That’s a famous movie intro tag from when I was a kid. (Ben Hur, Moses and The Ten Commandments, etc.) In this case the “cast” is a bit different. No Charleston Heston. Yes, a pun.
The process here is casting pewter into a mold. Perhaps thousands could be made given enough time. What I find interesting is the use of a rubber mold. When I was much younger I remember toy soldiers cast in metal molds. (The metal ones are still available.)
The mold shown here looks like it was made with hot vulcanized rubber but hot metal casting process is also shown to work with RTV (Room Temperature Vulcanization) rubber. Of course metal and plaster molds can be used.
You will notice a few have short guns. The pour was a bit too cold and the flow didn’t get to the end of the rifle. Thin parts like that are tough to fill. I cast many more than shown here (just remelted them) before I got the process right.
All I did for the pictures was cut off the sprue while still hot and then file the flash from the bottom so each one would stand up. No clean up of the casting at this point.
My plan is not to make toy soldiers. This is just an inexpensive all-in-one kit I bought on sale to get the “hang” of casting pewter. I plan to make and cast my own mold designs and perhaps offer them for sale (the molds and what they make).
I choose pewter and this variety is lead free. There is so much concern about the “dangers” of lead, it is not a good idea to offer it to the public. Of course the other metals in pewter are not intended for… Continue reading
A local person here in Frisco asked if I could duplicate this part (the black one). I don’t usually like to take on outside projects as I have enough of my own. This part looked interesting. It is part of a tripod bracket for an expensive, but what the owner called a “toy” gun. Actually is is a very sophisticated collector item.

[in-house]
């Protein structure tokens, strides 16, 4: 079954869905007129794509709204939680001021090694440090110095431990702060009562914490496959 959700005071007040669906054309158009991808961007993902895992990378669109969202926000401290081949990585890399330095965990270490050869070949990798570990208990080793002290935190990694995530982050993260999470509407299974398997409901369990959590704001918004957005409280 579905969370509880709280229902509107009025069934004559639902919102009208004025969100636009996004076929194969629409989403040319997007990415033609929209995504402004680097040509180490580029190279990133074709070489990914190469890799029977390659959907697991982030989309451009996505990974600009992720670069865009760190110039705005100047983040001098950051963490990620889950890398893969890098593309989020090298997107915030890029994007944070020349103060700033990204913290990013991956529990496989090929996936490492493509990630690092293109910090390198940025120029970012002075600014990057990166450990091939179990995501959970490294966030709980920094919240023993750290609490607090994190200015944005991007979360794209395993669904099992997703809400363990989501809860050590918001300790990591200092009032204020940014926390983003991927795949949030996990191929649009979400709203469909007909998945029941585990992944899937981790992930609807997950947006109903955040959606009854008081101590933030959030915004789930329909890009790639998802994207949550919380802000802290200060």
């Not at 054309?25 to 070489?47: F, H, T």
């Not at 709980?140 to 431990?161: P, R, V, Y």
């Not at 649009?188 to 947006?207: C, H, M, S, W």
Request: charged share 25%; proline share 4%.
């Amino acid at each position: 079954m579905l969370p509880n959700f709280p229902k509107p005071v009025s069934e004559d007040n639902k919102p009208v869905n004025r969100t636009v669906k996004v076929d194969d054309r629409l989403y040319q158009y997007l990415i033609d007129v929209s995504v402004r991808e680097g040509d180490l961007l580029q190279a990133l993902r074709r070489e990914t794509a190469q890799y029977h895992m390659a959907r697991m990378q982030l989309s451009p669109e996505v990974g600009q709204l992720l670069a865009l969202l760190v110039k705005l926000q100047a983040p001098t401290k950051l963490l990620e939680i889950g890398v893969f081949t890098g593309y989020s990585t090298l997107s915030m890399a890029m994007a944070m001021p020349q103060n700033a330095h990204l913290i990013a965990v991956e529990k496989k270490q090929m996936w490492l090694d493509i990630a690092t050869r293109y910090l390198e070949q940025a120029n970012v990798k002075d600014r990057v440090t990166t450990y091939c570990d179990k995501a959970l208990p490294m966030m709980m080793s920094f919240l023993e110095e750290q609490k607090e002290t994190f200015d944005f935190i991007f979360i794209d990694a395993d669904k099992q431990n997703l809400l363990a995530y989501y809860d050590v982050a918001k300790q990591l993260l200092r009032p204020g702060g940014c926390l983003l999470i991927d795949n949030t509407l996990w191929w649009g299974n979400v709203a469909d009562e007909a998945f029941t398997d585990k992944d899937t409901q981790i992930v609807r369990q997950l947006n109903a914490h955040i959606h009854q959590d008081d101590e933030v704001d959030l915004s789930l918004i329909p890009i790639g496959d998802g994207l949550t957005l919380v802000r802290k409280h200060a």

As can be seen in the photo the bracket had the tab broken off. It is a very nice injection molded aluminum casting but the crystallization left it vulnerable to breaking where it did.
I was going to make a duplicate by manual milling. That’s the rotary table setup in an earlier post. I changed my mind and decided to do it with CNC milling.
I had to first very carefully measure the part in every detail then make a 3D drawing in Rhinoceros (Rhino) You can see the screen capture and a couple of output pictures.
I converted the drawing to two G-Code files with RhinoCAD, one for top and one for bottom.
I did a test run in oak then made the one in aluminum. I used my Taig CNC mill running mist cooling. Overall size of the part is rather small, about 1.5″ x 1.5″ x 3/8″
I’m not setup for doing anodizing and I have never done any. I have studied the process and it can be done in the home shop. The new part really needs to be anodized like the original, but that is not my “thing” right now. That’s all I need is another skill to master. 🙂
Finally, I found a high quality small slip roll.
This is the highest quality 12 inch slip roll you will ever see, use or own. I just unpacked this new sheet metal forming machine and will soon have a full report in The Hobbyist Machine Shop.
This product is so exquisite compared to the Chinese junk I once owned for a few days, I can hardly stop starring at it. This picture barely does it any justice. The complete report will show a lot more close up pictures.
This is the model PR12W made by Accu Cutter. A definite high end machine tool. Well priced for the professional high quality US made tool that you see here.